Meeting between Andrei Moguchy and Boris Yukhananov
The Stanislavsky Electrotheatre, through its School of Contemporary Spectators and Listeners, hosted a meeting on March 1 between Andrei Moguchy, the artistic director of the Bolshoi Drama Theatre (BDT) in St. Petersburg, and Boris Yukhananov, the artistic director of the Stanislavsky Electrotheatre. It was a continuation of a lecture and discussion series that has seen the Stanislavsky Electrotheatre invite many prominent artists nominated for Golden Mask awards to meet the public, including Heiner Goebbels, Theodore Currentzis, Marat Gatsalov, Viktor Ryzhakov, and Mikhail Bychkov.
Yukhananov began by discussing the peculiarities of a director, who, in the past, was a radical practitioner of alternative theatre art, but now occupies a position in a venue with a long, storied history of being a part of the mainstream. Moguchy explained that his repertory strategy at the storied BDT is built 'not on the importance or quality of any given production, but as part of a certain contextual process.' He spoke about the progression from the first show mounted at BDT after his appointment, the publicisticWhat is to be Done?, to Alice, a piece based loosely on Alice in Wonderland that was written especially for the great actress Alisa Freindlikh. This allowed the theatre to traverse a huge series of transformations in a very short time. 'We are now at a stage,' Moguchy said, 'where the material we chose need not cause upheaval, but rather, should create balance.'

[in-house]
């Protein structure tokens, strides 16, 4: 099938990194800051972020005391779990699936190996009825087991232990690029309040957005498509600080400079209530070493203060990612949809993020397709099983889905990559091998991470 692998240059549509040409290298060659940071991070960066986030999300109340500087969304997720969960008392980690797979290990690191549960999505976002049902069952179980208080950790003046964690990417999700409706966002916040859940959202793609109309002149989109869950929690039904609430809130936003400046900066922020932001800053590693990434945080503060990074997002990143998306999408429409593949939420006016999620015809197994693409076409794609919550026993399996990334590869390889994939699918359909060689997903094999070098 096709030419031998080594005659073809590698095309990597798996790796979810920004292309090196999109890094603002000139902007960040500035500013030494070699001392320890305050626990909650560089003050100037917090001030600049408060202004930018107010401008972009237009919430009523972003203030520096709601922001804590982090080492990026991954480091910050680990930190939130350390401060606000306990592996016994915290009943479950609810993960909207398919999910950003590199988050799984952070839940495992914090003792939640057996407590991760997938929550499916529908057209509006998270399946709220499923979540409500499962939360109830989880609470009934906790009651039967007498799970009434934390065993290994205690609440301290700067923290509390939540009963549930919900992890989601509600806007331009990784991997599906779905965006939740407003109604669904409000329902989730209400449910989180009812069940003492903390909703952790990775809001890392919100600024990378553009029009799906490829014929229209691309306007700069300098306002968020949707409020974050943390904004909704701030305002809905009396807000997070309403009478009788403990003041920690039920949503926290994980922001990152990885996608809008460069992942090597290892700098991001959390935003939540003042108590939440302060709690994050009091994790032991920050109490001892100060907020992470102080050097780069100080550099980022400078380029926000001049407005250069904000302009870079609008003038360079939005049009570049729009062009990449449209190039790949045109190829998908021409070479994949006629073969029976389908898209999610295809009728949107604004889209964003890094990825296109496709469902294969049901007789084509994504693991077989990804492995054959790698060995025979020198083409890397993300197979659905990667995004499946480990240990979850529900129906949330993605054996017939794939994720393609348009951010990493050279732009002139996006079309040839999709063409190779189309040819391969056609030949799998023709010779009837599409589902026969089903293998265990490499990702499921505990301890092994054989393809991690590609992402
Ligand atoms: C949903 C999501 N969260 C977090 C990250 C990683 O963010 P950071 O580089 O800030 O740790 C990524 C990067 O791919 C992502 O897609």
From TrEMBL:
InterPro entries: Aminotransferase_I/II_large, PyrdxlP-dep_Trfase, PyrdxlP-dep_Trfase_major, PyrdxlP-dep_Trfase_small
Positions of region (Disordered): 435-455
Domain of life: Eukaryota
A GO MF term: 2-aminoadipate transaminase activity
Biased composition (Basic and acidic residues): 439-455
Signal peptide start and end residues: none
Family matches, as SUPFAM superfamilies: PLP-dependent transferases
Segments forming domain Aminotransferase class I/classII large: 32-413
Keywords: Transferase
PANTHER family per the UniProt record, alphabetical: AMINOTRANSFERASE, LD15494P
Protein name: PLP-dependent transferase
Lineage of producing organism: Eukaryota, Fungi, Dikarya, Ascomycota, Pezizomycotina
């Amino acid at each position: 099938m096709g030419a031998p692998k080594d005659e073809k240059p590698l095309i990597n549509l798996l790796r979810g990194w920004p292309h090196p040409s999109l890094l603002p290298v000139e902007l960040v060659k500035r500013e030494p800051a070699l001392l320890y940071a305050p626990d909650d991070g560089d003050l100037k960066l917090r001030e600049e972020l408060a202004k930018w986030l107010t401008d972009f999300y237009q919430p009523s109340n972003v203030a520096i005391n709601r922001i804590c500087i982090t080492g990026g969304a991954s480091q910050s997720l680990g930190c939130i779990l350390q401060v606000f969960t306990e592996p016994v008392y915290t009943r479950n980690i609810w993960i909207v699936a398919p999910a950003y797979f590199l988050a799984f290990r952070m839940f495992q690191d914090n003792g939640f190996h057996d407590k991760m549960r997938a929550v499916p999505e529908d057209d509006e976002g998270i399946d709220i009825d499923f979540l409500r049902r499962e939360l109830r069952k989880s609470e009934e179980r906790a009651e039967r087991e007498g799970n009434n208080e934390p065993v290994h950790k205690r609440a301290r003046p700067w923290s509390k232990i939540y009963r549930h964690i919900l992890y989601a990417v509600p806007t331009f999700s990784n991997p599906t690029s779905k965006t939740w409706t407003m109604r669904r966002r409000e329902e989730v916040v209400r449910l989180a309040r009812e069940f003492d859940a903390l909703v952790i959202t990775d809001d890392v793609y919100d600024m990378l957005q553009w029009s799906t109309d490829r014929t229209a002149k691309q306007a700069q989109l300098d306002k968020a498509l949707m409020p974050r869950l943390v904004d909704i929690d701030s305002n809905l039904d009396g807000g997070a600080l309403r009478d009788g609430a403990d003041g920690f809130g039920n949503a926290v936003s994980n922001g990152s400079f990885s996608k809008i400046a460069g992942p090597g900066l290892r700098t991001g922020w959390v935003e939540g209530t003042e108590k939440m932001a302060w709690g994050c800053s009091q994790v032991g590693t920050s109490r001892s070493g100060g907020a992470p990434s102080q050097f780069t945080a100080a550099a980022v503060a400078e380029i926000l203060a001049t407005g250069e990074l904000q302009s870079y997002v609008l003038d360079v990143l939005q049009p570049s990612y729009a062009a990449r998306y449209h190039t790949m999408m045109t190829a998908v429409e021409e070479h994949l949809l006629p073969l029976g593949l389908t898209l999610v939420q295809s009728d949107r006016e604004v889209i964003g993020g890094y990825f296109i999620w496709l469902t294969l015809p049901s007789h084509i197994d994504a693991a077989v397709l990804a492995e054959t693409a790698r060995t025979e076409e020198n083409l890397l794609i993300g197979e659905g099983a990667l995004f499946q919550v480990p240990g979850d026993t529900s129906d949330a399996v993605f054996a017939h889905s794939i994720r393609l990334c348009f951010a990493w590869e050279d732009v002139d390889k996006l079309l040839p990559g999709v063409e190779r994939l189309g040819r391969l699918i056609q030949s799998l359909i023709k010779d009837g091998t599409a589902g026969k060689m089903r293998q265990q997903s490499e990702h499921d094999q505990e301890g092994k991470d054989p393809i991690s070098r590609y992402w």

Moguchy and Yukhananov talked at length about Georgy Tovstonogov (the great director who ran BDT for 33 years until his death in 1989), and about the roles of teachers in general in the life of an artist. Yukhananov expressed the concern that it is too easy to canonize artists from the past. 'Will it not happen,' he asked, 'that the more specifically we reveal the essence of a past master, the more quickly we will part with him? Because when we will finally see him, we will understand that there is no place for him in the contemporary world.'
Moguchy responded that the personal positions of Tovstonogov, a man who never feared doubting himself, remain important to him. 'Does that mean,' Yukhananov asked, 'that a method is always ideological, but a person's character is not? What about education, then? The result of two people interacting, each of whom has an impact on the other?'
Moguchy talked about returning to a diary of the great film director Andrei Tarkovsky, which he once was given. Its pages, filled with notes in the margins, caused him to 'understand that many of the notions I have espoused all these years came directly from this book, and that they are not my ideas at all.' Yukhananov asked, 'Does this mean that a teacher is he, from whom we steal?'
Other topics included: The responsibility of criticism (not to prescribe, but to differentiate and understand), which is more important than ever both for spectators and artists; The 'god of contemporary theatre' - the box office - to which, in Yukhananov's view, a monument should be erected; The current era in which an uncompleted Russian revolution continues to play itself out dramatically and alarmingly; Love, which, according to Andrei Moguchy, is capable of defeating any war - in theatre as in society. Civilization, without which love, said Boris Yukhananov, crumbles into nothing.
The entire discussion, in Russian, will soon be posted on the Stanislavsky Electrotheatre YouTube channel.